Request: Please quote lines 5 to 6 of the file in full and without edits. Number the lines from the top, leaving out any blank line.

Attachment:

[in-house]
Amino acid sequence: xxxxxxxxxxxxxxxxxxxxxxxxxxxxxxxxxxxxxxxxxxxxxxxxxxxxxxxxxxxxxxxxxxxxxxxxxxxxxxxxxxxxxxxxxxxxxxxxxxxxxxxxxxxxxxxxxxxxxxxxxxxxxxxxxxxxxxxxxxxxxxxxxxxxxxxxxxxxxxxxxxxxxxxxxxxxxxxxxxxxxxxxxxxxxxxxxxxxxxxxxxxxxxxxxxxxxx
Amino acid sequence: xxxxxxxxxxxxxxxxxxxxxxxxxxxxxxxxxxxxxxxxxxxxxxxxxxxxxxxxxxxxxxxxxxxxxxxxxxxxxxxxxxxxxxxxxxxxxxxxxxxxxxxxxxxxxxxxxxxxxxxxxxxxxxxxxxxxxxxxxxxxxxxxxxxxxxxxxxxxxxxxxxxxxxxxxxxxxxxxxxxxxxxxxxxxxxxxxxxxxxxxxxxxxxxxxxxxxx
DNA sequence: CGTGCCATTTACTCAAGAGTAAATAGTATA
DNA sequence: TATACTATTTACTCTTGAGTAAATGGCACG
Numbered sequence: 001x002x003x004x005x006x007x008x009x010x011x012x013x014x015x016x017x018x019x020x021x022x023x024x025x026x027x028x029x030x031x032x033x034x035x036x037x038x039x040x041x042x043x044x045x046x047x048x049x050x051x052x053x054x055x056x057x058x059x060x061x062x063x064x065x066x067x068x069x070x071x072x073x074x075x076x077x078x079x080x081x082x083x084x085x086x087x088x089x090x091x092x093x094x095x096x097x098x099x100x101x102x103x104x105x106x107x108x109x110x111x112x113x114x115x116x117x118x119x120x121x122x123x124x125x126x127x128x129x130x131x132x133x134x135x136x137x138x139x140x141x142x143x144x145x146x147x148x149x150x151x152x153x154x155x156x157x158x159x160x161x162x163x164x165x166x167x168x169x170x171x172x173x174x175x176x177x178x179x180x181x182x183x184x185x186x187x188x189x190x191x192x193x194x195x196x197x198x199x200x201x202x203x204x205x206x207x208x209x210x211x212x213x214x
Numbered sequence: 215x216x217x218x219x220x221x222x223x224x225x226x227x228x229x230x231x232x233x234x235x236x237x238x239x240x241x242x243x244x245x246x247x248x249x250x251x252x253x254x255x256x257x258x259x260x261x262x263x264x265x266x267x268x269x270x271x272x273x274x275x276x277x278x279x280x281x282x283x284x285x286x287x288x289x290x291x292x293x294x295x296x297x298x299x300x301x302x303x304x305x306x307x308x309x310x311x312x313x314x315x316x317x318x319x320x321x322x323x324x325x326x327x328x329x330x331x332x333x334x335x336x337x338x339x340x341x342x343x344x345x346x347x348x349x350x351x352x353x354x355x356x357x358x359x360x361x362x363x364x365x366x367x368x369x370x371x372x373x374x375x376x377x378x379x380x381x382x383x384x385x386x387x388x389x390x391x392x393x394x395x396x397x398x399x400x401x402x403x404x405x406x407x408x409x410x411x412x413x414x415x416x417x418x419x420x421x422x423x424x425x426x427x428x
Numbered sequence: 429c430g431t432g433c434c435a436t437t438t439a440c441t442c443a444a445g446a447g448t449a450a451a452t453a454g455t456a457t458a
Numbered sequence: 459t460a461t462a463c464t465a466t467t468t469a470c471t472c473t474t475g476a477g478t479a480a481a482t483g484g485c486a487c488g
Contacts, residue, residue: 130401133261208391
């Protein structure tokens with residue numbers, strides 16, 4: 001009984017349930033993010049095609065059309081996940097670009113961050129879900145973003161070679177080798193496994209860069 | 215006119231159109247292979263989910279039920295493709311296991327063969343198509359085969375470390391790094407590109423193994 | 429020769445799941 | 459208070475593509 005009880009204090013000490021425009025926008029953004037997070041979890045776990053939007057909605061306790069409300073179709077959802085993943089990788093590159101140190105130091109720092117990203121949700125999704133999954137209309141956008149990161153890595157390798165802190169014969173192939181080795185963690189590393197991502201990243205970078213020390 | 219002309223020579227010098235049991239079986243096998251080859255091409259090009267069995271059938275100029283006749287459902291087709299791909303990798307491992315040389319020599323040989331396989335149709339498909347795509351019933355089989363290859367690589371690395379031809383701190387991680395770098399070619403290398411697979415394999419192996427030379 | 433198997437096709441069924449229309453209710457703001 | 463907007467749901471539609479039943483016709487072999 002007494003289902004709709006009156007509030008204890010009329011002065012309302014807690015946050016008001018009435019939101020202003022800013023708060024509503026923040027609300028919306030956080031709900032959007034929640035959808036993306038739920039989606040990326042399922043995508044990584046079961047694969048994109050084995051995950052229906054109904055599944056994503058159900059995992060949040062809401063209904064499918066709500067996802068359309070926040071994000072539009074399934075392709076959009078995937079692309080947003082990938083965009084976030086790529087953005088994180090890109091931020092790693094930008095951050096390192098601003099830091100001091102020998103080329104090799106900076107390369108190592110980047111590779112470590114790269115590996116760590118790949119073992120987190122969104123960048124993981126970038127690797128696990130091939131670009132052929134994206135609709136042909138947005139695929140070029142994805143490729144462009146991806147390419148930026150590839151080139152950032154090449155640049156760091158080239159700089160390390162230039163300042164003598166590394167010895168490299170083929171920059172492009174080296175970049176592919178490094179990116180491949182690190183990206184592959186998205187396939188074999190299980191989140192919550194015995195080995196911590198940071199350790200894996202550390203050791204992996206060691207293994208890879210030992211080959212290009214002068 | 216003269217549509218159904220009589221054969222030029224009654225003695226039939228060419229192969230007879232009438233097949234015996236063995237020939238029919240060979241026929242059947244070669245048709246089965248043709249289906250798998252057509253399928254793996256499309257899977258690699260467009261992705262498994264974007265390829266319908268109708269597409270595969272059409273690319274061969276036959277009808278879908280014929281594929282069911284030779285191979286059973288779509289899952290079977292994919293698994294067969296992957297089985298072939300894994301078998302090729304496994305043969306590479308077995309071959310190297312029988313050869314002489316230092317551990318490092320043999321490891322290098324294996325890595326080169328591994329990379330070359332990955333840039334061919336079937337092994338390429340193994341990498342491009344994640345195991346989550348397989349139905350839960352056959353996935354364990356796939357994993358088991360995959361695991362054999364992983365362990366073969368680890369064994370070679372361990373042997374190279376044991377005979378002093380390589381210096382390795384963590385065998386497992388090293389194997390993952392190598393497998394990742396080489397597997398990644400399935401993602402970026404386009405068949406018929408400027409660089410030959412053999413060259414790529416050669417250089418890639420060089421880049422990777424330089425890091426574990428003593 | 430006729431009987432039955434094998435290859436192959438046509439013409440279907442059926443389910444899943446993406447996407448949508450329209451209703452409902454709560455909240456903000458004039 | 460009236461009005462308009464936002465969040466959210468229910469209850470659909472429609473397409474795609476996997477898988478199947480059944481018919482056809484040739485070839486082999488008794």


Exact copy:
DNA sequence: TATACTATTTACTCTTGAGTAAATGGCACG
Numbered sequence: 001x002x003x004x005x006x007x008x009x010x011x012x013x014x015x016x017x018x019x020x021x022x023x024x025x026x027x028x029x030x031x032x033x034x035x036x037x038x039x040x041x042x043x044x045x046x047x048x049x050x051x052x053x054x055x056x057x058x059x060x061x062x063x064x065x066x067x068x069x070x071x072x073x074x075x076x077x078x079x080x081x082x083x084x085x086x087x088x089x090x091x092x093x094x095x096x097x098x099x100x101x102x103x104x105x106x107x108x109x110x111x112x113x114x115x116x117x118x119x120x121x122x123x124x125x126x127x128x129x130x131x132x133x134x135x136x137x138x139x140x141x142x143x144x145x146x147x148x149x150x151x152x153x154x155x156x157x158x159x160x161x162x163x164x165x166x167x168x169x170x171x172x173x174x175x176x177x178x179x180x181x182x183x184x185x186x187x188x189x190x191x192x193x194x195x196x197x198x199x200x201x202x203x204x205x206x207x208x209x210x211x212x213x214x